Window Screen


A window screen, insect screen or bug screen is a metal wire, fiberglass, or other synthetic fiber mesh, stretched in a frame of wood or metal, designed to cover the opening of an open window. Its primary purpose is to keep leaves, debris, insects, birds, and other animals from entering a building or a screened structure such as a porch, while permitting fresh air-flow. Most houses in Australia, the United States and Canada have screens on all operable windows, which are most useful in areas that have large mosquito populations. Formerly, screens in North America were usually replaced with glass storm windows in the winter, but now the two functions are usually combined in combination storm and screen windows, which allow glass and screen panels to slide up and down

Types of Fabric

 HHHHHHHnmnmThe most common materials used for insect screening material are aluminum and fiberglass. Aluminum is generally available in natural aluminum or in an applied black or charcoal color, which make the screening much less visible. Fiberglass is available in light gray as well as charcoal colors, the charcoal again offering better viewing and appearance. Fiberglass is less expensive, and has the advantage of not "denting" when hit or pushed, but it is somewhat more opaque than aluminum. For this reason, dark aluminum allows a better view of windows from the exterior, detracting less than fiberglass from the architectural effect of traditional divided-light window styles.

For applications requiring greater strength, such as screened doors, nylon and polyester screening are also available.

Bronze insect screening is much more expensive, but gives much longer service than either aluminum or fiberglass. When first installed, it has a bright gold color; this weathers to an unobtrusive dark charcoal within a year or less. Weathered bronze darkens the external appearance of windows to approximately the same degree as charcoal or black aluminum. Bronze is somewhat more resistant to denting than aluminum. Less common screen fabrics include copper, brass, stainless steel, and galvanized steel. For coastal locations, corrosion resistance usually requires the use of bronze or synthetic screening fabric.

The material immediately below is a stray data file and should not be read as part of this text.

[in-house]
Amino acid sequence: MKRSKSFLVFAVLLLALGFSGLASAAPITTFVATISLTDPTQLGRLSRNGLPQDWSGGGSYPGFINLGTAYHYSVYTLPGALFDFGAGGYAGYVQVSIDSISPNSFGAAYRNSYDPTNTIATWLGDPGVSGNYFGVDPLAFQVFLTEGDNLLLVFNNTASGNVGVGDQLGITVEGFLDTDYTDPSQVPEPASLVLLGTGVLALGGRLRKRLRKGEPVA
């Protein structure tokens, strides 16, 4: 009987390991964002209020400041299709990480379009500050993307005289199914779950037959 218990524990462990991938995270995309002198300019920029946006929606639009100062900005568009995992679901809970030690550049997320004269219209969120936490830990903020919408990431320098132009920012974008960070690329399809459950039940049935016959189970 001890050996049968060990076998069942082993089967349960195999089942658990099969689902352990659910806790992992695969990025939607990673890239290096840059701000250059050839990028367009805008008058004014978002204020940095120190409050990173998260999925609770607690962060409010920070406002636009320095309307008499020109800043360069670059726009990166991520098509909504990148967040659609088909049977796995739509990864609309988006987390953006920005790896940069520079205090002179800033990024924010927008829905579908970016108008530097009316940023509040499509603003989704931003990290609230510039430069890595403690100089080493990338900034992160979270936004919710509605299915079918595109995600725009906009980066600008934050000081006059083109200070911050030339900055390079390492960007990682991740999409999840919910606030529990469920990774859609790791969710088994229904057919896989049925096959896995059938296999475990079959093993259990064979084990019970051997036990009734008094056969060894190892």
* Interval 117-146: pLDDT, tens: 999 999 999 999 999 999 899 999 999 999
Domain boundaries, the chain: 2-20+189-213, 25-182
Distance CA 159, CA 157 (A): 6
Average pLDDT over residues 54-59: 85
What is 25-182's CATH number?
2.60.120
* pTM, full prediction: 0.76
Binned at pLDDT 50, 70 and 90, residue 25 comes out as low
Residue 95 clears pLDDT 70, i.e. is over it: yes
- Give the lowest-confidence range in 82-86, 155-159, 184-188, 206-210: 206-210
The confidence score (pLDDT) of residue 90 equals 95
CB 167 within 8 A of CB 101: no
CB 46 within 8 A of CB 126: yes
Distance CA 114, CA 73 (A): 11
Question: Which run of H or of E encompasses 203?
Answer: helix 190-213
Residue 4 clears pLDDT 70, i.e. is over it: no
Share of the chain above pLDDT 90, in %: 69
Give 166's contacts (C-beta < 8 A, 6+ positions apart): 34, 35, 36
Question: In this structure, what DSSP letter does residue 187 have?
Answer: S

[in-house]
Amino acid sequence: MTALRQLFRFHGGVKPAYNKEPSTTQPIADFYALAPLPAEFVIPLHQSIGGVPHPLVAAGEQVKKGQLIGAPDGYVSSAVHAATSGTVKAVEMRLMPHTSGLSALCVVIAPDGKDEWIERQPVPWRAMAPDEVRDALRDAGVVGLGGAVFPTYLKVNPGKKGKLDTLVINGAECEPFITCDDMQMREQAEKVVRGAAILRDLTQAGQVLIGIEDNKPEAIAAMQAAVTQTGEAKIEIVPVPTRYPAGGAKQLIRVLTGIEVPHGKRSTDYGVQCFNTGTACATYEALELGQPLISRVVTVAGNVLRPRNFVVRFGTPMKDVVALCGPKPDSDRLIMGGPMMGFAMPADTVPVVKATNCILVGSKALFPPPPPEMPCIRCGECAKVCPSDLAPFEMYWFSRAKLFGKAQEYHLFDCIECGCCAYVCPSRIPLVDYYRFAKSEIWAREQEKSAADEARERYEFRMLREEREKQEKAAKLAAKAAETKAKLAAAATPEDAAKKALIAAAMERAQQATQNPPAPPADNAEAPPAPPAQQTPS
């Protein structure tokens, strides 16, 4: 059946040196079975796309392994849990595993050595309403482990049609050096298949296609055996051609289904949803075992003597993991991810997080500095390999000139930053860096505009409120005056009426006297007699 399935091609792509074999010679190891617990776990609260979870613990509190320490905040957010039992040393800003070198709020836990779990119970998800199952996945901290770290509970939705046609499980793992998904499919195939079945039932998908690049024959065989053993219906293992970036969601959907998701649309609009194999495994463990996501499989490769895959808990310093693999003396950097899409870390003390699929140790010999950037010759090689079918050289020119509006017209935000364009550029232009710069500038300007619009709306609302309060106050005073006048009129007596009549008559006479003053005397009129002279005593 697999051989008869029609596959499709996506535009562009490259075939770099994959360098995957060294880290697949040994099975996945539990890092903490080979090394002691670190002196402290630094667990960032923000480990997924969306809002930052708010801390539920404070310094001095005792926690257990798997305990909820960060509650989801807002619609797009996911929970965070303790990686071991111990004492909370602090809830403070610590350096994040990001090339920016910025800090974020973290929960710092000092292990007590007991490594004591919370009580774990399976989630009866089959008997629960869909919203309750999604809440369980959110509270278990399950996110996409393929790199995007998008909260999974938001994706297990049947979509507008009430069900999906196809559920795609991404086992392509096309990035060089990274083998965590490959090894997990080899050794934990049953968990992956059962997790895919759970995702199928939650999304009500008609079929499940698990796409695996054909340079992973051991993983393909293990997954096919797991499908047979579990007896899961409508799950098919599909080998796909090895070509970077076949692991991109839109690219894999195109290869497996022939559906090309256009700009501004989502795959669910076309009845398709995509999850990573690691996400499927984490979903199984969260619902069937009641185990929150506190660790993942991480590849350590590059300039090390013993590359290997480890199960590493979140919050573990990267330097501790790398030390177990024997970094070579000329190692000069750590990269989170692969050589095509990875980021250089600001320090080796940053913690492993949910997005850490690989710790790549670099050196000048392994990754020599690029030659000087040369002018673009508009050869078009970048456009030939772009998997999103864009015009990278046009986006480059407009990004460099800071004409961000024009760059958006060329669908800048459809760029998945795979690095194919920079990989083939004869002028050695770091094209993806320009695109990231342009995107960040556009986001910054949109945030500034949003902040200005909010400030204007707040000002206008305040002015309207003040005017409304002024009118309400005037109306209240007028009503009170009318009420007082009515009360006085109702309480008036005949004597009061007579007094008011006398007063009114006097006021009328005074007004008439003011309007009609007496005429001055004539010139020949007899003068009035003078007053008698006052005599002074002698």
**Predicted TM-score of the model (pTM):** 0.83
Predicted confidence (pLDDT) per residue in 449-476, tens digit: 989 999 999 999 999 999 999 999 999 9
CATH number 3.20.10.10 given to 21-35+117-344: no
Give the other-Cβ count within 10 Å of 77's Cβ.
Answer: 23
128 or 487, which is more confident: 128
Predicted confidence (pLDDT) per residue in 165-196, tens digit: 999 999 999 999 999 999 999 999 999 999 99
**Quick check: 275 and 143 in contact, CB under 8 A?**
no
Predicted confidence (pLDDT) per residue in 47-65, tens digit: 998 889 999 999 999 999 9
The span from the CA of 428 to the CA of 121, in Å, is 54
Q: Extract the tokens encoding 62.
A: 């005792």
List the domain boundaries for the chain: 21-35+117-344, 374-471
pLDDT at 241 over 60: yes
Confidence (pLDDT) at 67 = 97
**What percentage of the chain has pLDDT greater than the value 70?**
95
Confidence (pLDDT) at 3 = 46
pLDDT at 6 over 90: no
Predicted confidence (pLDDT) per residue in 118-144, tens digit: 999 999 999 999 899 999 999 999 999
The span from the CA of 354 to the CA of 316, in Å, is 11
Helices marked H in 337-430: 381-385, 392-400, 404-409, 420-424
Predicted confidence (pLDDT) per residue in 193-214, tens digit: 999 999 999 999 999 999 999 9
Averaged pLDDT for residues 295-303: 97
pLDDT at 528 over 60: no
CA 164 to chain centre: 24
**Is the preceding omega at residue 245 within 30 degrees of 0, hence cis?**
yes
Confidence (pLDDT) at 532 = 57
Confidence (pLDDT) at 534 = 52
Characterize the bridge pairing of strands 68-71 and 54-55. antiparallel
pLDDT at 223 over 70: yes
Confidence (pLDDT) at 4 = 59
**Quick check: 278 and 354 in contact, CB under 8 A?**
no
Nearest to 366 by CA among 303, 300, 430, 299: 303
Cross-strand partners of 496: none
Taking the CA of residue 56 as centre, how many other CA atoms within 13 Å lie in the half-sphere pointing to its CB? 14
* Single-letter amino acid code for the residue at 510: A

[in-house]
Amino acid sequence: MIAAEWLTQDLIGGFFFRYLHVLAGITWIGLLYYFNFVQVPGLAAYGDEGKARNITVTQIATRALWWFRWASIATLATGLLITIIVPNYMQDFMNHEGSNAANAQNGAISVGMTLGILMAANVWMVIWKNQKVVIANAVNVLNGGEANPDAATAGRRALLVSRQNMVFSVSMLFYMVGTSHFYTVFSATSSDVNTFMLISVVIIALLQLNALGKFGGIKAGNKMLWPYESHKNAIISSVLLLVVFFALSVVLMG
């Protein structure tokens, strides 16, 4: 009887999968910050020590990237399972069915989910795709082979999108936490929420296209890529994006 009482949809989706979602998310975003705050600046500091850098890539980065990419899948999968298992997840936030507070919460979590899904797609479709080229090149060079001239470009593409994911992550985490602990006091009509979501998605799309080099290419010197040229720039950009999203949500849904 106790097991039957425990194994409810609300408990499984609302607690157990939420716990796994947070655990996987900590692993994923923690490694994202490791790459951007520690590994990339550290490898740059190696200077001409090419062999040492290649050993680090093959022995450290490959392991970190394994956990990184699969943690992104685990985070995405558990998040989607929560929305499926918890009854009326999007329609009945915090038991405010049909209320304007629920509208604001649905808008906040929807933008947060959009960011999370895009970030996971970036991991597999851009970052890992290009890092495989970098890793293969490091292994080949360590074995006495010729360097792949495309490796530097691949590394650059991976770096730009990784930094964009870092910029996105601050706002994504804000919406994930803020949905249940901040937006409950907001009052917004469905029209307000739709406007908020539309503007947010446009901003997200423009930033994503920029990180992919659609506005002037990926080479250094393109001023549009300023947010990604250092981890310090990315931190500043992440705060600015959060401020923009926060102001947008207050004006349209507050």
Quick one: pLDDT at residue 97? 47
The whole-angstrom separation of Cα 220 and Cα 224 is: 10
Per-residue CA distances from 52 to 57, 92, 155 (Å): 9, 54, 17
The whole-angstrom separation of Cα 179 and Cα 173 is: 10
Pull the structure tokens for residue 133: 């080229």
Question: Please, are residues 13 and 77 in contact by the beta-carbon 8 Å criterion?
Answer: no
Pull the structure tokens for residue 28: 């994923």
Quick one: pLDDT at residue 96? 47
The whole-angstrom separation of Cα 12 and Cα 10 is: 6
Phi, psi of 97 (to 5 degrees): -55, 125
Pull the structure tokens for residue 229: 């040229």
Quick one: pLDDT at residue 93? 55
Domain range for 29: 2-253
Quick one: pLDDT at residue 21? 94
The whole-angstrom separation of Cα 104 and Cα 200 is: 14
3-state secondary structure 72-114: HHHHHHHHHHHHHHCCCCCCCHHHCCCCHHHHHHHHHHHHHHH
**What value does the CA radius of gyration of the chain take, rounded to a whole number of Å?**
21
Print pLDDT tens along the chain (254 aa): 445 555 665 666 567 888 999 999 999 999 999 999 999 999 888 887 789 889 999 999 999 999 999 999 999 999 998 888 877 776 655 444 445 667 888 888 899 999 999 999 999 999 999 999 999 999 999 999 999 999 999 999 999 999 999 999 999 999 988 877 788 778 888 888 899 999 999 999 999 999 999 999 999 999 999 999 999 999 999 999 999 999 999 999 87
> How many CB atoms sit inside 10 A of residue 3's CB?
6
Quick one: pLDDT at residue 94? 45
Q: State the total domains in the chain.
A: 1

Some manufacturers offer screening that promise to substantially reduce the visibility of the screening. One material generally recognized as semi-transparent, inLighten®, was marketed for several years but its manufacturer discontinued the product in early 2011.

In addition to insect screening, denser screen types that also reduce sunlight and heat gain are available. These offer significant potential energy savings in hot climates.

Several manufacturers offer screens that roll into a pocket when not in use. These are available for casement windows as well as other types of window and door openings.

Do-it-yourself screen and frame replacement kits are widely available at hardware and home improvement stores. One kind is composed of straight aluminum sides (which can be cut to size) and plastic corner inserts. Screen replacement kits usually consist of a roll of nylon screening fabric and a generous supply of rubber spline.

Temporary, removable screens that fit within window tracks of double-hung windows are a common expedient widely available in hardware and home improvement stores. Typically 12 to 18 inches high, these screens are wedged beneath the lower sash of a double-hung window and secured laterally by the tracks of the window. A sliding mechanism allows the screen to be adjusted laterally to fit the width of most windows, which also allows the screen to fit securely within the tracks below the open sash.


"Wove wire for window screens" were referenced in the American Farmer in 1823. Advertisement for wire window screens appeared in Boyd's Blue Book in 1836. Two wire window screens were exhibited at Quincy Hall in Boston in 1839. In 1861 Gilberr, Bennett and Company was manufacturing wire mesh sieves for food processing. An employee realized that the wire cloth could be painted gray and sold as window screens and the product became an immediate success. On July 7, 1868, Bayley and McCluskey filed a U.S. Patent, number 79541 for screened roof-top rail-car windows, allowing ventilation, while preventing "sparks, cinders, dust, etc." from entering the passenger compartment. By 1874, E.T. Barnum Company of Detroit, Michiganadvertised screens that were sold by the square foot.[ Apparently, window screens designed specifically to prevent insect entry were not patented in the United States, although by 1900 several patents were awarded for particular innovations related to window screen design. By the 1950s, parasitic diseases were largely eradicated in the United States in part due to the widespread use of window screens. Today most houses in Australia, the United States and Canada have screens on all operable windows